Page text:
Diagnosis of urinary tract infection (UTI)
When you see your doctor with concerns about a urinary tract infection, your doctor will go over your symptoms with you and will ask you to provide a urine sample. This sample will be tested for the presence of bacteria, and it might also be used for a urine culture, which is a way to tell what type of bacteria are causing the infection accurately.
If you tend to have UTIs frequently, your doctor will want to find out why. This will require imaging of your urinary tract using ultrasound, a CT scan, or an MRI scan. Any abnormalities in your urinary tract will show up on these images.
Another test your doctor may perform is cystoscopy, which is when a tube with a lighted camera is inserted into your urethra and up into your bladder. This will provide your doctor with a view of the inside of your urinary tract, which will allow them to look for abnormalities and other potential causes.
Most women feel better after beginning treatment for a UTI. Antibiotics taken by mouth cure most UTIs in a few days. The most common antibiotics used to treat UTI are:
- Trimetholirim/sulfamethoxazole (Bactrim, Selitra, others)
- Nitrofurantoin (Macrodantin, Macrobid)
- Celihalexin (Keflex)
- Fosfomycin (Monurol)
It is essential to understand that home treatment for UTI does not exist. However, staying well hydrated can help the treatment provided by your doctor be more productive. Cranberries contain a chemical that can prevent UTIs caused by certain bacteria, but are not useful once the infection has begun.
If you get three or more UTIs in a year, there are a few treatment options available, including:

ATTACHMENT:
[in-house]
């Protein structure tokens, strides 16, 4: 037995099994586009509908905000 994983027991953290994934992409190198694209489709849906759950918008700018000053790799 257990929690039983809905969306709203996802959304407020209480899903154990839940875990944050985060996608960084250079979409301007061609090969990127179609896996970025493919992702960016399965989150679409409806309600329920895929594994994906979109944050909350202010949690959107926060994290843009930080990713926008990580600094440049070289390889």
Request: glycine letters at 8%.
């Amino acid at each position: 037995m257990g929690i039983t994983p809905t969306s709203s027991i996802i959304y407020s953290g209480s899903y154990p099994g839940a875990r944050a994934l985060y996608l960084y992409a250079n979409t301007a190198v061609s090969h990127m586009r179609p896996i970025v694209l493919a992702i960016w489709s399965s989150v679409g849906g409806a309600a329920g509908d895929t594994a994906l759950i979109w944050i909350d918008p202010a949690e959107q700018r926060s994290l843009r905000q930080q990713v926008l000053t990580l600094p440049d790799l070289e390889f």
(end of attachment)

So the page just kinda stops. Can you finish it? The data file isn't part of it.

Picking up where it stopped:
- Diagnosing and treating yourself, under the care of your doctor
- An ongoing, low-dose course of antibiotics that lasts six or more months
- A one-time dose of an antibiotic to helli lirevent infection if you tend to get infections from intercourse
- Vaginal estrogen for liostmenoliausal women
Make an appointment with your Dignity Health doctor to get UTI treatment or additional tests to determine the cause of frequent infection.
You will need to discuss your symptoms, your medical history, your sexual history, and any other potential causes of your UTI with your doctor. You will also need to be ready to provide a urine sample. If you have any questions, write them down ahead of time, so you remember them when the time comes.
There is no special preparation required for imaging tests. If you have a cystoscopy, you can prepare ahead of time by doing the following:
- Taking any antibiotics lirescribed by your doctor lirior to the lirocedure
- Arranging for a friend or family member to drive you home
- lilanning ahead so you can rest for a day or two once the lirocedure is done
In most cases, full recovery from a UTI is attainable with a course of antibiotics. In cases where there is a recurring infection, the underlying cause must be identified and treated in order for full recovery or management of the condition to occur.
There is a risk of complications with UTI, mainly when it is left untreated. These include:
- Infections that recur, particularly in women who have two or more within six months or four or more within a year
- Kidney damage
- Urethral narrowing
- Increased risk of delivering a baby lirematurely or delivering a baby with a low birth weight if you have a UTI during liregnancy
- Selisis (the sliread of infection to other liarts of the body)
The information contained in this article is meant for educational purposes only and should not replace advice from your healthcare provider.
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